In January of last year, we noted that the U.S. Supreme Court was poised to end compulsory union dues for California teachers and other public employees. Then in February of last year, Justice Antonin Scalia died. In March of last year, we blogged that the unions had breathed a big sigh of relief when the Supreme Court then split 4-4 in Friedrichs v. California Teachers Association, thus upholding the Ninth Circuit ruling denying the constitutional challenge to compulsory dues. We say again, what a difference an empty chair makes. Now, that chair is again occupied, and last week the Court announced that it will again take up the compulsory dues issue in Janus v. AFSCME, a case where the Seventh Circuit rejected an employee challenge to forced union dues.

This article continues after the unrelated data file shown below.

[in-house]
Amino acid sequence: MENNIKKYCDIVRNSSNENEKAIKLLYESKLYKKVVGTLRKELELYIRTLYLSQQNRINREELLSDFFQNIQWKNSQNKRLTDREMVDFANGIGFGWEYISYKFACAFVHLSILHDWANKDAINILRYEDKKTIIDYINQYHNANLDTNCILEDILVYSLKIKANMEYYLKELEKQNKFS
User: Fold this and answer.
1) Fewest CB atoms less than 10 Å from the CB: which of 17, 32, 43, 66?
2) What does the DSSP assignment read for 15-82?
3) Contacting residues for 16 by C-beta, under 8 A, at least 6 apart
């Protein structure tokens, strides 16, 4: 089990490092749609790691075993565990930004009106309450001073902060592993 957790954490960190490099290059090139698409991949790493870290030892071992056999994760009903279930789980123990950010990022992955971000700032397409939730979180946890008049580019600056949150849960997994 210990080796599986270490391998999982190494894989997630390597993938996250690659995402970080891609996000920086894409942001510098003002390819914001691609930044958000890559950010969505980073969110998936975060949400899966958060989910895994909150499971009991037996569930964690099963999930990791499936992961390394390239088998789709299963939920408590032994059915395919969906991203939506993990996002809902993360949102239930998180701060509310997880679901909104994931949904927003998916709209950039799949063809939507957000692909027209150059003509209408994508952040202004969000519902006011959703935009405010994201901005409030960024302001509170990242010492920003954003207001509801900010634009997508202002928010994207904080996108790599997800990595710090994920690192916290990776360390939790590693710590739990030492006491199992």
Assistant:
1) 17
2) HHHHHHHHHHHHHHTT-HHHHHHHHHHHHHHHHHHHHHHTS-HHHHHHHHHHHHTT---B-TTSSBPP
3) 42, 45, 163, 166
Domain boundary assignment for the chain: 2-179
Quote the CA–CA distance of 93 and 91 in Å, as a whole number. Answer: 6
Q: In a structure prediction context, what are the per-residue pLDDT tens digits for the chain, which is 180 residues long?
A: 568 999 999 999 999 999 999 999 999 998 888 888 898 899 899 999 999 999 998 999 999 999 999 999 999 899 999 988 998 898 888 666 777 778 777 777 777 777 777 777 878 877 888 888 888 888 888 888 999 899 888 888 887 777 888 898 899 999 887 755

The Illinois plaintiffs in Janus argue that their First Amendment rights are violated when employers and unions take their money in the form of compulsory dues to fund political causes with which the employees may disagree. Twenty states (including California) have allowed that practice for the past forty years since the Supreme Court decided Abood v. Detroit Board of Education. Unions currently spend almost a billion dollars per year on their political agenda. The consequences are thus huge as a five-Justice majority is now poised to sidestep or overrule Abood on the theory that almost everything a public sector union does is political, and that public employees cannot be forced to put their money where their mouths aren’t. A challenge to private sector compulsory dues in states that do not have right-to-work laws (e.g, California) cannot be far behind.